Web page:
I agree with plaintiff that this is not the "broadest" imaginable clause that could have been included in the contract. This clause would not mandate arbitration if, for example, the claim here was one of fraud in the inducement of the contract. In Re Kinoshita & Co., 287 F.2d 951 (2d Cir. 1961). Nonetheless I believe that this clause is broad enough to encompass the claim which plaintiff has in fact brought before this court. In reaching this conclusion I reject plaintiff's implicit definition of the word interpretation as little more than to ascertain the plain meaning of words.
The process of contract interpretation is one by which the scope of the agreement of the parties, and their respective rights and obligations are determined. The present dispute, i. e., whether defendant has breached its contractual obligations, and the measure of damages, if any, resulting therefrom, is one which arises out of the respective rights and obligations of the parties under the contract and is arbitrable. The fact that plaintiff may prevail on the merits is not now relevant in view of the fact that "[i]n passing upon a § 3 application for a stay while the parties arbitrate, a federal court may consider only issues relating to the making and performance of the agreement to arbitrate," Prima Paint Corp. v. Flood & Conklin Mfg. Co., 388 U.S. 395, 403-404, 87 S. Ct. 1801, 1806, 18 L. Ed. 2d 1270 (1967) and "[t]he duty to arbitrate is not diminished by the fact that the claim of one of the parties may be lacking merit." Bigge Crane Rigging Co. v. Docutel Corp., 371 F. Supp. 240, 244 (E.D.N.Y.1973). Accord, Warren Brothers Co. v. Cardi Corp., 471 F.2d 1304 (1st Cir. 1973). Moreover, "[s]ection 3 makes no provision for preliminary trials of issues which have been or may be raised in an answer but commands a stay if the claim asserted in the complaint is one which is subject to the arbitration agreement." Tepper Realty Co. v. Mosiac Tile Co., 259 F. Supp. 688, 693 (S.D.N.Y. 1966).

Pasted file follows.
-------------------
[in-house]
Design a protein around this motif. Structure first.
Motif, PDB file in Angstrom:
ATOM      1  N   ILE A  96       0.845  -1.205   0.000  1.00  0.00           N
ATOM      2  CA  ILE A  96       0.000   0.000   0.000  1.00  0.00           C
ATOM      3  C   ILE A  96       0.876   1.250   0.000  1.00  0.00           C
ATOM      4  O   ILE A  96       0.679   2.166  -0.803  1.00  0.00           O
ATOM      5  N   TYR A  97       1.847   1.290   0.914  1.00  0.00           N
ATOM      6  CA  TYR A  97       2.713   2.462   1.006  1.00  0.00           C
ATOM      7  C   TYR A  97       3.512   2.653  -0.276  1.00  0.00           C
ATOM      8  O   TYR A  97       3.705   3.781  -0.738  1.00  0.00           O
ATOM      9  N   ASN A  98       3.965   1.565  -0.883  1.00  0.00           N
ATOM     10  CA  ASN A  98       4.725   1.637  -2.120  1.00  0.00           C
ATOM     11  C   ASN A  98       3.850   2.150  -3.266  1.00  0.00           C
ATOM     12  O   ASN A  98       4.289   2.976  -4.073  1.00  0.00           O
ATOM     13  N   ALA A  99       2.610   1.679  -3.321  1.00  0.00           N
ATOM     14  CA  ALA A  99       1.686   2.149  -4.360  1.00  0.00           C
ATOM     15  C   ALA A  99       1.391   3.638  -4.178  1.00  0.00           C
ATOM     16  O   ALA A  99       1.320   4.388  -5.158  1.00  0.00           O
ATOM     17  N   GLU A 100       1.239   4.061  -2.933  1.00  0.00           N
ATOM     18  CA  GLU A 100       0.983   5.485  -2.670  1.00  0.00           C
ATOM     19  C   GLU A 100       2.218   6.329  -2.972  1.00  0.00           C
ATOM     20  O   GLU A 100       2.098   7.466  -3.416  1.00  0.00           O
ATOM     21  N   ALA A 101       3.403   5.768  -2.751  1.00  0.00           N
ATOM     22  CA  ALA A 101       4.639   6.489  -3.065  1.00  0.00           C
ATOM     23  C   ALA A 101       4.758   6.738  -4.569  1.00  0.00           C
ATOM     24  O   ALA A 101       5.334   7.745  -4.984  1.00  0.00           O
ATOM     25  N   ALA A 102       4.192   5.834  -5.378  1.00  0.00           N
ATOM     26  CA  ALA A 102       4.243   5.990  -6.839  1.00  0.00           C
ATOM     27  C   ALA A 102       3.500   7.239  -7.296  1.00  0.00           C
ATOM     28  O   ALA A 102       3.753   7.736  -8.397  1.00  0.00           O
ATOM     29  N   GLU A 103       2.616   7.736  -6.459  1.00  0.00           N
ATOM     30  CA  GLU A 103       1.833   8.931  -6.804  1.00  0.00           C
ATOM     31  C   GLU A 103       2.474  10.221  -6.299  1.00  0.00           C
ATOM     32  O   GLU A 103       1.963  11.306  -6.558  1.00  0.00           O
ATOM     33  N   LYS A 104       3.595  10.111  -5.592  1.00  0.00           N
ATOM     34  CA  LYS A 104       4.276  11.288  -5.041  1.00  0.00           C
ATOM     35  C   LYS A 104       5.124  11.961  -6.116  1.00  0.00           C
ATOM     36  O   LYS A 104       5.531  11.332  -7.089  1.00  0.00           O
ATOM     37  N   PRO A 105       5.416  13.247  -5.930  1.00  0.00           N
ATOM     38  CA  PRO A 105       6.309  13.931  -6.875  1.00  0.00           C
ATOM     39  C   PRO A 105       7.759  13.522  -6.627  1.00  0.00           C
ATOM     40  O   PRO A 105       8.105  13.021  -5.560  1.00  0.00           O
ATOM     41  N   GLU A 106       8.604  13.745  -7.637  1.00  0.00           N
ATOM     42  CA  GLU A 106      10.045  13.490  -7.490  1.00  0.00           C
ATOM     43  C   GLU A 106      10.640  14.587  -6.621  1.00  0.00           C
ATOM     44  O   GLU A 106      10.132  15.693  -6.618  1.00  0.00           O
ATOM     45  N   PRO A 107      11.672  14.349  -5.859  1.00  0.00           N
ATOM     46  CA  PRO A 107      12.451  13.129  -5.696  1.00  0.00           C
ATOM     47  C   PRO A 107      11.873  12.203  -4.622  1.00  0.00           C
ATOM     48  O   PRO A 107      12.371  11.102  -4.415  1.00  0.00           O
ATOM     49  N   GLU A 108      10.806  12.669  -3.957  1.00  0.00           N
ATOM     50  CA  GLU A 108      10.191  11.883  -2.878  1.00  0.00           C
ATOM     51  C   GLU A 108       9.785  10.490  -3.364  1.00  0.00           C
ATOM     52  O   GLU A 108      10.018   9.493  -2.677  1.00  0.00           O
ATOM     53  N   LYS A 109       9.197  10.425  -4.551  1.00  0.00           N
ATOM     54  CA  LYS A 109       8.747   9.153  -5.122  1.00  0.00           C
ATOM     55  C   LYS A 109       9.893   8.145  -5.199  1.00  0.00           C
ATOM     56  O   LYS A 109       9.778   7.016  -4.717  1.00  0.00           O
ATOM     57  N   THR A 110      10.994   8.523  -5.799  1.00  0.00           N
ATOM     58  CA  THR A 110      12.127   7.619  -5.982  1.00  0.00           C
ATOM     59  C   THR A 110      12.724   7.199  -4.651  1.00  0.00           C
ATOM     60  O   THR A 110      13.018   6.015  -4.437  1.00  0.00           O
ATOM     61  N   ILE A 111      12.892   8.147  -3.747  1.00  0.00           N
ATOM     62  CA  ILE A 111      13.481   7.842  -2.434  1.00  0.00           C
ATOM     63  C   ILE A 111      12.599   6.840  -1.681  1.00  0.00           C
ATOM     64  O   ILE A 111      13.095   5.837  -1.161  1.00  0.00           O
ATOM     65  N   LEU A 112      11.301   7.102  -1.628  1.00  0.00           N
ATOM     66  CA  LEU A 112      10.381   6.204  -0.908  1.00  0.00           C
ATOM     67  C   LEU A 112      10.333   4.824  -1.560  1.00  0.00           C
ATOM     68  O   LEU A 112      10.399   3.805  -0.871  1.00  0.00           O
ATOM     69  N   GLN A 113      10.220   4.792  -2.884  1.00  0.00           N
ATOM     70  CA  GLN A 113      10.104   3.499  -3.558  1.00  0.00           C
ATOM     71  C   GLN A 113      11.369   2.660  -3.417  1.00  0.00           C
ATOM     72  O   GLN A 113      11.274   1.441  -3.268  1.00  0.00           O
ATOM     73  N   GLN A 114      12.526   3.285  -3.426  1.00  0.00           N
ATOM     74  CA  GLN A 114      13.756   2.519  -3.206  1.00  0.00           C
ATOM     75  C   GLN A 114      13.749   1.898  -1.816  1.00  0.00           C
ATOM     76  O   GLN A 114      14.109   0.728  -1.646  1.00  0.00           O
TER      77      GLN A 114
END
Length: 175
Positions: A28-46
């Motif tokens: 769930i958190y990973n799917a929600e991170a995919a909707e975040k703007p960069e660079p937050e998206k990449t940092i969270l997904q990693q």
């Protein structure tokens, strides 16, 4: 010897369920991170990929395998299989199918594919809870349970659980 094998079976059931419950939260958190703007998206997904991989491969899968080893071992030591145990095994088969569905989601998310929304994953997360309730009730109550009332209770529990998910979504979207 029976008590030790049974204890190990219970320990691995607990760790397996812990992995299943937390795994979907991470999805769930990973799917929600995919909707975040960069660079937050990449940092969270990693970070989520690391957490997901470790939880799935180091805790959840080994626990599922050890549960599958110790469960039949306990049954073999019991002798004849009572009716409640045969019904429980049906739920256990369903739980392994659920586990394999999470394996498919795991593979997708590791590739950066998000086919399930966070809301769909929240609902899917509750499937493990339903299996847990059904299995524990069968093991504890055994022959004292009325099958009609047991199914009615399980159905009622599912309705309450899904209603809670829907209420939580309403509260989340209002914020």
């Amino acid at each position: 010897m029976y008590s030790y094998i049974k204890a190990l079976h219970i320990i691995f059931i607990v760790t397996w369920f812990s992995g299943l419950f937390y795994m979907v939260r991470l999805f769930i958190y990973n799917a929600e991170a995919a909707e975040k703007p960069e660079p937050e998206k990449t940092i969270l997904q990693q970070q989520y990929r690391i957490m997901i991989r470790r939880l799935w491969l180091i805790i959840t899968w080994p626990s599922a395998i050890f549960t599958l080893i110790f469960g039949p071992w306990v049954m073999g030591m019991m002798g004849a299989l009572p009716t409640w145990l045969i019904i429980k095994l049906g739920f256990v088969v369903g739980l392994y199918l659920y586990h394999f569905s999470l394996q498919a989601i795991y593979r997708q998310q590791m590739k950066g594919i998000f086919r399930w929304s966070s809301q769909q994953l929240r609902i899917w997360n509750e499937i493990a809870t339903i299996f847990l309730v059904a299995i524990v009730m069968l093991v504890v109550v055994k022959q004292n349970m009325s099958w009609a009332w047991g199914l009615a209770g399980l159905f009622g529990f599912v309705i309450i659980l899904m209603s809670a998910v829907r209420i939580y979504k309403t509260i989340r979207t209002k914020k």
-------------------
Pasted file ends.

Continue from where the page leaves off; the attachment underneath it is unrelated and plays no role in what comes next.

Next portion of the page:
The cases cited by plaintiff do not support its contentions that the dispute in question is not arbitrable. They are distinguishable from the case under consideration simply on the basis of the fact that the arbitration clauses in those cases were ones which contained specific limitations on the arbitrability of claims.
For example, in Butler Products Co. v. Unistrut Corp., 367 F.2d 733 (7th Cir. 1966), the arbitration clause applied only to those disputes arising within a specifically defined time period; in fact the court there was explicit in pointing out that "[t]his particular contract does not contain any *941 broad clause providing for arbitration of all disputes between the parties as to the meaning, interpretation, and application of the contract . . .." Id. at 735 (emphasis added) In Alco Standard Corp. v. Benalal, 345 F. Supp. 14 (E.D.Pa.1972), the arbitration clause specifically precluded the availability of certain remedies from use by the arbitrator. In this case the arbitration clause contains no such specific limitations. Furthermore, both Butler, supra, and Benalal, supra, support the proposition that if the scope of the arbitration clause is even fairly debatable or reasonably in doubt then the matter should be referred to the arbitrator. Where, as here, the scope of the arbitration clause cannot be characterized even as debatable, there can be little doubt of the propriety of requiring arbitration.
I conclude that plaintiff's action should be stayed pending submission to arbitration as required by the Agreement.